Damico & Stockstill, Attorneys at Law

80 Years Of Combined Trial Experience

What is the process of a federal criminal trial?

On Behalf of | Jun 26, 2024 | Federal Crimes |

After an accusation and charges of a federal crime, you will face a trial in federal court. The process can seem complex and intimidating, but understanding the steps involved can help ease your anxiety.

There are several things to know about the road ahead with your federal case.


The first step in a federal criminal trial is the arraignment. During this proceeding, the court informs you of the charges against you and you enter a plea of guilty or not guilty. If you plead not guilty, the case proceeds to trial.

Pretrial motions and discovery

Before the trial begins, both the prosecution and defense may file pretrial motions to address various issues, such as the admissibility of evidence or the dismissal of charges. This phase also involves the discovery process, where both sides exchange information and evidence relevant to the case. This is your chance to see the case against you to help you build a defense.

Jury selection

In most federal criminal trials, a jury determines the defendant’s guilt or innocence. During jury selection, also known as voir dire, the judge, prosecution and defense question potential jurors to ensure impartiality.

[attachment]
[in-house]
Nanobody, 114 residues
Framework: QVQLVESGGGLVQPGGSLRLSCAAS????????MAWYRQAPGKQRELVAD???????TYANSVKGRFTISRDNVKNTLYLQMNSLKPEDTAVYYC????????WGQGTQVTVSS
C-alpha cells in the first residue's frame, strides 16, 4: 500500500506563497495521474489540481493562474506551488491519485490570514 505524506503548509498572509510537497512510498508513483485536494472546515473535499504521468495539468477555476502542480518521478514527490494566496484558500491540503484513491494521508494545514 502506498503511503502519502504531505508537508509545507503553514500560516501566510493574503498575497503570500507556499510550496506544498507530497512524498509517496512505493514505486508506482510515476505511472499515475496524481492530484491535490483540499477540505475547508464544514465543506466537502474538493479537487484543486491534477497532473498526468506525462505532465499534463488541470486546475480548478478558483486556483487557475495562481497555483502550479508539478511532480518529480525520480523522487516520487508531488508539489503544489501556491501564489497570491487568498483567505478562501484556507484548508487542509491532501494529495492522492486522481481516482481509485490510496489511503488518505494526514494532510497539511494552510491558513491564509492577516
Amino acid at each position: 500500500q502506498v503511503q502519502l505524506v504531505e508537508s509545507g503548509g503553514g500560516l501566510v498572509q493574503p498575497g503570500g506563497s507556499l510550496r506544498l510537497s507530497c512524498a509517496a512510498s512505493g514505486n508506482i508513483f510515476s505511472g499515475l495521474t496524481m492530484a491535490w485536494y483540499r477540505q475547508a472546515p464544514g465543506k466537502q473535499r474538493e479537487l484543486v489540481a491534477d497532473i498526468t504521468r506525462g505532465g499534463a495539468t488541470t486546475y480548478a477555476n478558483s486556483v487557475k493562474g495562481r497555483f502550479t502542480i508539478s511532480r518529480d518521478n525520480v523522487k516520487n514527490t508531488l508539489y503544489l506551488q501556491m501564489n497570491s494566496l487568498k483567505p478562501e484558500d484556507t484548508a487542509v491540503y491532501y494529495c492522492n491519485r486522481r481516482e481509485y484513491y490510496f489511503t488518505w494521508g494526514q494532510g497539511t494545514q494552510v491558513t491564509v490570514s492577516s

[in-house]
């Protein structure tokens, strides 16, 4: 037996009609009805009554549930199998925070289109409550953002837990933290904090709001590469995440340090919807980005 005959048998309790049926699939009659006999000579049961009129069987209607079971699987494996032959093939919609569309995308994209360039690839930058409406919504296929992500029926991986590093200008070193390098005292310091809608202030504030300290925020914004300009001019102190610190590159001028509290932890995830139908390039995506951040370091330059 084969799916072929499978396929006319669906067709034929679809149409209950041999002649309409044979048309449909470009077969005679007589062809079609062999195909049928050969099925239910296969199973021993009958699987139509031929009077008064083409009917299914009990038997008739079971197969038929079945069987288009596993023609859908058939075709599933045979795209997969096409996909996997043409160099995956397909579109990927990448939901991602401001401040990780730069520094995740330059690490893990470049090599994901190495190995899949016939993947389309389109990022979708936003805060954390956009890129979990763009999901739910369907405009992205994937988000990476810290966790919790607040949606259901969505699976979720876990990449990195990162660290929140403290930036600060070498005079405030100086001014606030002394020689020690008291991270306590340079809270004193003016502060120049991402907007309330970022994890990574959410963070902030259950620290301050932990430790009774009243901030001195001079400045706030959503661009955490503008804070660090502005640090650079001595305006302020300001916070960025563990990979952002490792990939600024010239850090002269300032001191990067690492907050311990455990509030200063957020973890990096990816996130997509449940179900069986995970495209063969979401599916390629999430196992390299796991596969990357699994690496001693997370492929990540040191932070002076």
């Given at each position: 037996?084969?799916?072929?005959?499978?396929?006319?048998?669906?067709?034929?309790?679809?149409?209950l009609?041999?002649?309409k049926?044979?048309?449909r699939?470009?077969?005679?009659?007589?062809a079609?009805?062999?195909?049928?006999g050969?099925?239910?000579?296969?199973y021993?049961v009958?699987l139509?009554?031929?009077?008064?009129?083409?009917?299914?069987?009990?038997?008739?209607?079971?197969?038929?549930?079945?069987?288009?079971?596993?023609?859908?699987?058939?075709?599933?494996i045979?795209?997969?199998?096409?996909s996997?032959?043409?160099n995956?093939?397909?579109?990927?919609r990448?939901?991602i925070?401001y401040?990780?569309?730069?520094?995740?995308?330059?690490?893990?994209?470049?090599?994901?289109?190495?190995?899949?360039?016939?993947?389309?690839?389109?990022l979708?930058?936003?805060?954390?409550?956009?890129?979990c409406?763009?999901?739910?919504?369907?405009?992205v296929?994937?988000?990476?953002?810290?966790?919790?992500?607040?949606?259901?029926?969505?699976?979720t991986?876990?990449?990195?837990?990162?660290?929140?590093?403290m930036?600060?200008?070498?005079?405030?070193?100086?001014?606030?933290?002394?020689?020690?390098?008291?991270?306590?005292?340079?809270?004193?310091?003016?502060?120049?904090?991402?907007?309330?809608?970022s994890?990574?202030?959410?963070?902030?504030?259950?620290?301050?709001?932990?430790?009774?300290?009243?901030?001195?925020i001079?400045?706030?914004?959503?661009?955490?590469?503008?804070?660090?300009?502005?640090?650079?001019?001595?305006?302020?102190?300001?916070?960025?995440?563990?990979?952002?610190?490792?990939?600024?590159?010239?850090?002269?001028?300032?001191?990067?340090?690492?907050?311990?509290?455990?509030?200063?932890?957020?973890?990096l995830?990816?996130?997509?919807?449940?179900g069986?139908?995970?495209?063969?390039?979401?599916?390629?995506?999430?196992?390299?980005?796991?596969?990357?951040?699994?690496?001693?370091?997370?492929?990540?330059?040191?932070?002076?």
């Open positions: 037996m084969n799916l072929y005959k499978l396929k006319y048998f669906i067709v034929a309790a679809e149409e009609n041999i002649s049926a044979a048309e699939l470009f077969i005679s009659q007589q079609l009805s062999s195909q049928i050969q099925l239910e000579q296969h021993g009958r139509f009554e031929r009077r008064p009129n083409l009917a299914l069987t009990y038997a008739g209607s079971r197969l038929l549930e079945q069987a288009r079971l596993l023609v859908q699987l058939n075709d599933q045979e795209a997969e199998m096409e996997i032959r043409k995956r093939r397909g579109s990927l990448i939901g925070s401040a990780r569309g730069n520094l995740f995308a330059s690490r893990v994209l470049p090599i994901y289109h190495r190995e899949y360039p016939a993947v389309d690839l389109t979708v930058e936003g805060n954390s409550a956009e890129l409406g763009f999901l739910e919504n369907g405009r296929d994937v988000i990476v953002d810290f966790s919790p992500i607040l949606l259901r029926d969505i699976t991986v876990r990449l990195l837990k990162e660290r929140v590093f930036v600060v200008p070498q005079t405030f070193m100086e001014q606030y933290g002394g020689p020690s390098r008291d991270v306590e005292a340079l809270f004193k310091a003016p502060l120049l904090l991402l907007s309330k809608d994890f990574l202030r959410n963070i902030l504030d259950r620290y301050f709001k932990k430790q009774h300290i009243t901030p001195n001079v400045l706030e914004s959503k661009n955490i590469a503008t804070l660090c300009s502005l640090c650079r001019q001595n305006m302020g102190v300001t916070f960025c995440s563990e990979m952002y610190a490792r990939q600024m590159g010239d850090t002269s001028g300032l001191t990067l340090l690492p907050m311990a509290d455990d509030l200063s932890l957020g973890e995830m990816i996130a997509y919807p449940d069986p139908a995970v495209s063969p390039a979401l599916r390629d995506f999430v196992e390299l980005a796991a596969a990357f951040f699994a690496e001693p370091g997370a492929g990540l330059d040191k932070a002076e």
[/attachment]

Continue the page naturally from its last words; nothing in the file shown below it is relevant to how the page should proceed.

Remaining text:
Opening statements

After selecting a jury, the trial begins with opening statements from both the prosecution and defense. These statements provide an overview of the case, including each side’s argument and a summary of the evidence.

Presentation of evidence

The prosecution presents its evidence first, followed by the defense. Evidence may include witness testimony, documents and physical evidence. Each side has the opportunity to cross-examine the other’s witnesses during this stage of the process. You may or may not testify on your own behalf in this stage depending on the nature of your case.

Closing arguments

At the end of the trial, the prosecution and defense each deliver their closing arguments. These arguments summarize the key points of the case and attempt to persuade the jury to reach a particular verdict.

Jury deliberation and verdict

The jury then deliberates in private to determine the defendant’s guilt or innocence. If the jury reaches a unanimous verdict, the jury reads the verdict in court. If the jury cannot reach a unanimous decision, a court may declare a mistrial, leading to a new trial with a different jury.

Preparing for your federal criminal trial starts with understanding each stage. Build a sound defense and prepare to create reasonable doubt for the jury.